The potential for serious public harm from practitioners who do not follow adequate infection prevention practice is an issue that continues to concern the Council.
Practitioner’s compliance with the infection prevention and control (IPC) practice standard is a core part of practice. Council is aware that IPC knowledge and compliance is poor. I encourage all practitioners to read the article in this newsletter. Take some time to review the relevant practice standard and check to ensure you and everyone in your practice is familiar with the IPC requirements and is in fact complying.
Orthodontic treatment and frenectomies have been the subject of several media stories recently. We remind practitioners that the ethical principles and professional standards set out in the standards framework apply to all areas of your practice—including new or advanced areas. You must only practise within your professional knowledge, skills and competence, and only carry out a task or type of treatment if you have the knowledge and skills to do so competently within your scope of practice.
Another important reminder was highlighted recently in the Council’s decision to remove the 18-year age limit for restorative activities from the oral health therapy (OHT) scope of practice. In reaching its decision, the Council emphasised the importance of an effective consultative professional relationship between each OHT and a dentist/dental specialist. The guidance for working and consultative professional relationships are set out in the relevant practice standards (click “practice standards” on the standards framework interactive wheel).
Our newsletter covers two important consultations that are currently open. To improve public confidence in health regulation through greater transparency, changes made to the Health Practitioner Competence Assurance Act 2003 (the Act) require us to have a “naming policy” in place by 1 April 2020. This policy, as set out in the consultation document, will outline our decision-making process around publicly releasing the names of practitioners including when we will release practitioner names and what we will consider when making that decision.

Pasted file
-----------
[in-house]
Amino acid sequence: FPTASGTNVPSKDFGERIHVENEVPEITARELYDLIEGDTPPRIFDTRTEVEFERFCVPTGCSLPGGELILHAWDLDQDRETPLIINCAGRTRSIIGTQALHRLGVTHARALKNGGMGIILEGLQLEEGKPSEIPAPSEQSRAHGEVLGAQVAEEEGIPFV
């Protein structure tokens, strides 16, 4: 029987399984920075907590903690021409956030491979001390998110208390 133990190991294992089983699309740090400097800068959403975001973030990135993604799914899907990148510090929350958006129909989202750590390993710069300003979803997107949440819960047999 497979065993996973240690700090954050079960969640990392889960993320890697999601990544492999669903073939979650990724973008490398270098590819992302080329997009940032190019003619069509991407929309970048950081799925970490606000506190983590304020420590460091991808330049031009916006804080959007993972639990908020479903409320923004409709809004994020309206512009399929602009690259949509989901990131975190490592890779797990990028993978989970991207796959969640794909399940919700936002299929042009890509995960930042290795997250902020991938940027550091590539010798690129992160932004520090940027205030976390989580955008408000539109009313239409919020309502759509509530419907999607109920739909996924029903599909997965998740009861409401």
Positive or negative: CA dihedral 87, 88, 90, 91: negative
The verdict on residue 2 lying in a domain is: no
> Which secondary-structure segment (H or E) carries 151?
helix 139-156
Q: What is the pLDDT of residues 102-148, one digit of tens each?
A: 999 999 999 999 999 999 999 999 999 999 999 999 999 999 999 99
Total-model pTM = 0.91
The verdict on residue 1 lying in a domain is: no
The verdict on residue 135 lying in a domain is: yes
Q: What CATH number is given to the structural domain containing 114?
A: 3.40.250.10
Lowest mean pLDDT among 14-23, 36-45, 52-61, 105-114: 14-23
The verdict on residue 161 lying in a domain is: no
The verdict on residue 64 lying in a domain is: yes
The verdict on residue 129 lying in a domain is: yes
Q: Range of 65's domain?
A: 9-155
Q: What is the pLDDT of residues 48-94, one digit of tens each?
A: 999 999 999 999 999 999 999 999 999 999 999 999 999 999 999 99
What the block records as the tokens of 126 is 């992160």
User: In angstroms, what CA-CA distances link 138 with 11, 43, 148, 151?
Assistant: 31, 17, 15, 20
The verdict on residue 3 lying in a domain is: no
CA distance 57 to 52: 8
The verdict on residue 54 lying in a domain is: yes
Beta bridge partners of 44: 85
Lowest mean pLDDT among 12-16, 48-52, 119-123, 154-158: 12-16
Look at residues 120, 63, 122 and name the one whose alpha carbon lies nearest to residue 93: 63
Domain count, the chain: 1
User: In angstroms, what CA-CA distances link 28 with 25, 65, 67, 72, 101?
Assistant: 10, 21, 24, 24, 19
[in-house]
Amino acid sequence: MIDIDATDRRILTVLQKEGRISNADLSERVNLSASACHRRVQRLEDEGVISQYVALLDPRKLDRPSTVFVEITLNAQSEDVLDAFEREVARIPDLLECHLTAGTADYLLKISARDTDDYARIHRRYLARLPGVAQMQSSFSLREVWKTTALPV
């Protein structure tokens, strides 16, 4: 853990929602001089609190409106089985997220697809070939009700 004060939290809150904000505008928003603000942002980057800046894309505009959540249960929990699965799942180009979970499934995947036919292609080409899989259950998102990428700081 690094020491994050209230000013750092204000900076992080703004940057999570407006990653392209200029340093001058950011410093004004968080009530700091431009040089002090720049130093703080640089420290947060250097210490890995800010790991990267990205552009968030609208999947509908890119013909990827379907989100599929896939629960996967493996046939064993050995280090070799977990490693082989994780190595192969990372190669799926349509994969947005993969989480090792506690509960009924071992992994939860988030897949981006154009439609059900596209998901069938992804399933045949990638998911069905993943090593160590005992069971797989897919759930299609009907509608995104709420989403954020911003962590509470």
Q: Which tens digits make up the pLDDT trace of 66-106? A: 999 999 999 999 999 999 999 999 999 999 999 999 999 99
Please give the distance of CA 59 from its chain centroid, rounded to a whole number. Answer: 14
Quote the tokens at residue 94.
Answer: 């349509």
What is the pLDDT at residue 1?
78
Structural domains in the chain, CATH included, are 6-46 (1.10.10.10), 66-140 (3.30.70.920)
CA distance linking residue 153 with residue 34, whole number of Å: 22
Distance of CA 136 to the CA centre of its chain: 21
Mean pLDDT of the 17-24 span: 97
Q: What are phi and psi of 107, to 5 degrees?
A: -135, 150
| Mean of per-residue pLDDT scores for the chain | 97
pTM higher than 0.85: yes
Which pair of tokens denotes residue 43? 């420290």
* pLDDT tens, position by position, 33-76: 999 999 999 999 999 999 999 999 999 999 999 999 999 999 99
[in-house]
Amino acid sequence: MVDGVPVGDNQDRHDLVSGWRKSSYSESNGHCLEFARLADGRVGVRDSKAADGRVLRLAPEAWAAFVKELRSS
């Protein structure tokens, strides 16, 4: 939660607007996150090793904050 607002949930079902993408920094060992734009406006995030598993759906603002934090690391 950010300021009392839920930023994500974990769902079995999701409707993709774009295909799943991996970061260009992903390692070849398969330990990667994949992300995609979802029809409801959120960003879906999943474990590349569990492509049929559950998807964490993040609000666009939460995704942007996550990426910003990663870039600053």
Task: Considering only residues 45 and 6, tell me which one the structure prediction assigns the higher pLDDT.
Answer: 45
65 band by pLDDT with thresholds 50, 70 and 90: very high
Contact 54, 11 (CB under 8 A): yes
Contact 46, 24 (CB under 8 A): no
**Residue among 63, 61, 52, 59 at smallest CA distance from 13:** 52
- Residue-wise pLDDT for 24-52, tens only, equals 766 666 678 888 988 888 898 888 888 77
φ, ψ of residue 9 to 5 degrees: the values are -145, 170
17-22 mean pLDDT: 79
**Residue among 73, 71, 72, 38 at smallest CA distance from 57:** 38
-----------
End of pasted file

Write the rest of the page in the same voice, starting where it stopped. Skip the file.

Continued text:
The other open consultation proposes changes to scopes of practice for all the professions to fix inconsistencies and possible ambiguities dating back to the time they were drafted when the Act was first enacted. The Council is proposing to make drafting changes to some scopes of practice and prescribed qualifications to provide clarity and eliminate any potential uncertainty.
We are looking forward to receiving your feedback and comments to help the Council reach its decisions on both these matters.
Some practitioners have inquired about the Council appointments. As you’ll see in our latest Annual Report although a number of appointments have expired, the current Council members will continue pending an announcement from the Minister of Health.